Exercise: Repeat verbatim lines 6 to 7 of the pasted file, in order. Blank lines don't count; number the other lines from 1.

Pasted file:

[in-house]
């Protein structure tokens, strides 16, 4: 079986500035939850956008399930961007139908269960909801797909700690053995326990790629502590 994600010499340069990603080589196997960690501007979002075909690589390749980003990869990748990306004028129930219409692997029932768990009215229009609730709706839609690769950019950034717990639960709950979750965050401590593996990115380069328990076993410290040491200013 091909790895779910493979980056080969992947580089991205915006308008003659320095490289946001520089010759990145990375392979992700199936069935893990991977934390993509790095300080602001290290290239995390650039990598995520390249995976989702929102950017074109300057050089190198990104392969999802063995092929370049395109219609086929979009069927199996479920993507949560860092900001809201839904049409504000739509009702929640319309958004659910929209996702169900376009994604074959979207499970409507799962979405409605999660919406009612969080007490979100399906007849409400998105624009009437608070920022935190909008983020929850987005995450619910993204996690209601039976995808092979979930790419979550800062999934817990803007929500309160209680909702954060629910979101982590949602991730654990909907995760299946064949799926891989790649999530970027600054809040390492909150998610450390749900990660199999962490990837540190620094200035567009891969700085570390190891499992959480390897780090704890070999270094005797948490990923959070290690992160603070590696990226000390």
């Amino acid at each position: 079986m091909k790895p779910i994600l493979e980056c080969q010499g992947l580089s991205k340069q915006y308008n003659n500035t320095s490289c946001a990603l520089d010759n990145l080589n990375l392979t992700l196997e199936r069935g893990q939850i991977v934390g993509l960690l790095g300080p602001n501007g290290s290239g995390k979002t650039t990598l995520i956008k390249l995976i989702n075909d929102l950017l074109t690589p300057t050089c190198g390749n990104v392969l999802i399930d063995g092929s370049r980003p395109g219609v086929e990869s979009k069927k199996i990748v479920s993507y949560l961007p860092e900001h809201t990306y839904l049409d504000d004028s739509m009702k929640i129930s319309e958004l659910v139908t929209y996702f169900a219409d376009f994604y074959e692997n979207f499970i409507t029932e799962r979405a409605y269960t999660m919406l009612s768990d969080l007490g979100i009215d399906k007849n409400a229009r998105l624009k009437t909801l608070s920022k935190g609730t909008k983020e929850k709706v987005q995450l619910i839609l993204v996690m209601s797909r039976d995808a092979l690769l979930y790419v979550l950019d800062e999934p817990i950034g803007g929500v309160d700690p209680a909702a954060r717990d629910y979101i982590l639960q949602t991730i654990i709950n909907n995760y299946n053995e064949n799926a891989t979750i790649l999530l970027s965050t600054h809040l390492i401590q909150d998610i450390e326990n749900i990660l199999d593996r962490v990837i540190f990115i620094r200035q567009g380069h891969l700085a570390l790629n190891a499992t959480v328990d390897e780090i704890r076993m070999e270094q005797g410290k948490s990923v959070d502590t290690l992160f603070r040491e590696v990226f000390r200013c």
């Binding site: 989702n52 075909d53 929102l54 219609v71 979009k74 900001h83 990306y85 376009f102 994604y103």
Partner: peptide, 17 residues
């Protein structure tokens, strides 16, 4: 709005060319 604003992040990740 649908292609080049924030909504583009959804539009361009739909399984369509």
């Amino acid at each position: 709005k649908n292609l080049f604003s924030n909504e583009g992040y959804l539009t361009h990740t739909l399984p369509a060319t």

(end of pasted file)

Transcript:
């Protein structure tokens, strides 16, 4: 709005060319 604003992040990740 649908292609080049924030909504583009959804539009361009739909399984369509």
């Amino acid at each position: 709005k649908n292609l080049f604003s924030n909504e583009g992040y959804l539009t361009h990740t739909l399984p369509a060319t």